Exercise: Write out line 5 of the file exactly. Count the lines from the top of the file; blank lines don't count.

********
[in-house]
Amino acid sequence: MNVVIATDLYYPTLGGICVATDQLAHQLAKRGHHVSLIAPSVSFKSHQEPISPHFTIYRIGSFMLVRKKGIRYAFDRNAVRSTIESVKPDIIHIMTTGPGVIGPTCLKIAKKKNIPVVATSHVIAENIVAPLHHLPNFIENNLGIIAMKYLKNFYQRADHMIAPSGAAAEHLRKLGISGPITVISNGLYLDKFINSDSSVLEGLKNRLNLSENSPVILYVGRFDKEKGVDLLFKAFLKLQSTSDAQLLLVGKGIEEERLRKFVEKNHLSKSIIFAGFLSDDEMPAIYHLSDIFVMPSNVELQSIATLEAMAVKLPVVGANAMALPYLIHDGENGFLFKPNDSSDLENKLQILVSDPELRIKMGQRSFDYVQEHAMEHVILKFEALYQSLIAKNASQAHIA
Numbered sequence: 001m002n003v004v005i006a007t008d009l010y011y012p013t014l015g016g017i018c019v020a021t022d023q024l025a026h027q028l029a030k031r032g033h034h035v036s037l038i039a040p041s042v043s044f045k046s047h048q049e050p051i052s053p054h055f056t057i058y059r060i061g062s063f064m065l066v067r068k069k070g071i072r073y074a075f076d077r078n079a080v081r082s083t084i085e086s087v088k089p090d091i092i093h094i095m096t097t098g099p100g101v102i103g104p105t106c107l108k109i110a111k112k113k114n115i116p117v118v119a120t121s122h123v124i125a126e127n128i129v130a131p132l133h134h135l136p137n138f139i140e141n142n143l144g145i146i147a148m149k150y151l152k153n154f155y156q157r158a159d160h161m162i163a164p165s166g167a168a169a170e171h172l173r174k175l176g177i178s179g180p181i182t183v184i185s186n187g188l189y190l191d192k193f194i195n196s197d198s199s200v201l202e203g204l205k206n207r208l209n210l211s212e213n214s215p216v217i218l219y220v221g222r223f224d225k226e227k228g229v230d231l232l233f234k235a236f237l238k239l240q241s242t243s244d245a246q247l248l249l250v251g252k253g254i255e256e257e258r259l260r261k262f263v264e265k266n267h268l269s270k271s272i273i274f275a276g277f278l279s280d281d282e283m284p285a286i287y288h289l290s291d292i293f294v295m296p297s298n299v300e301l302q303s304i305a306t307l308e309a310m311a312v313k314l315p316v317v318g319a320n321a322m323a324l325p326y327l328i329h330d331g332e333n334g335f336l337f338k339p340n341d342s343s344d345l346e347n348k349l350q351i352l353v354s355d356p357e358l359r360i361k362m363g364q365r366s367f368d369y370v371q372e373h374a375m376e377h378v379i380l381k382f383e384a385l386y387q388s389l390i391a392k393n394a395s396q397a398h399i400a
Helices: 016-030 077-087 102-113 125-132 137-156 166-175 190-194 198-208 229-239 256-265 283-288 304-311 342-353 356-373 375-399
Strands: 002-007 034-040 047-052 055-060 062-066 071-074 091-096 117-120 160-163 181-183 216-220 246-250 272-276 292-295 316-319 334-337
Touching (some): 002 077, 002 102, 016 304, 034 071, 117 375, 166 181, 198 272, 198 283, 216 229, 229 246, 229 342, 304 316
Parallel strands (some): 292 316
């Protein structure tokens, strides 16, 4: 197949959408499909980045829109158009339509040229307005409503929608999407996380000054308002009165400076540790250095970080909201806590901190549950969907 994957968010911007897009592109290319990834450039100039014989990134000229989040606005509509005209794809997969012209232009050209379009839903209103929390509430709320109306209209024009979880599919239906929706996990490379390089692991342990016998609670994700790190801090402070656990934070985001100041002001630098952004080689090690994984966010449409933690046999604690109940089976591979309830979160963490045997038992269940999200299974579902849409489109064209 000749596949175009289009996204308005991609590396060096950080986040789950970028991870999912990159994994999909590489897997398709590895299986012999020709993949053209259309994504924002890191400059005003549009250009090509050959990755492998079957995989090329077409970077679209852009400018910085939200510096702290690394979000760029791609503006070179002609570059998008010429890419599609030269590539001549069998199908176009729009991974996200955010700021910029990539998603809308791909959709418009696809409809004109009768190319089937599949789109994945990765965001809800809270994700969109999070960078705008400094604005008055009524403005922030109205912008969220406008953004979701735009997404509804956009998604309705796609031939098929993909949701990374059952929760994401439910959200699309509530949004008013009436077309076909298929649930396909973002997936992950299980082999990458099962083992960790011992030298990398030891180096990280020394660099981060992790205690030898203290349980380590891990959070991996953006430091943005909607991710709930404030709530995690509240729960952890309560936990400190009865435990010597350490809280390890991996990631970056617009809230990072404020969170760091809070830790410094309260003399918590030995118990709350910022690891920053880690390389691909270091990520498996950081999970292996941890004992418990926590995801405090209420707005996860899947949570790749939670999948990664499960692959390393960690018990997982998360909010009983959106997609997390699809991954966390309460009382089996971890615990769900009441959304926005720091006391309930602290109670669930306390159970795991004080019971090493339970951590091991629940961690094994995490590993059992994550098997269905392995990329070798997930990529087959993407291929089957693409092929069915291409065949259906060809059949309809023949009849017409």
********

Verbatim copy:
Strands: 002-007 034-040 047-052 055-060 062-066 071-074 091-096 117-120 160-163 181-183 216-220 246-250 272-276 292-295 316-319 334-337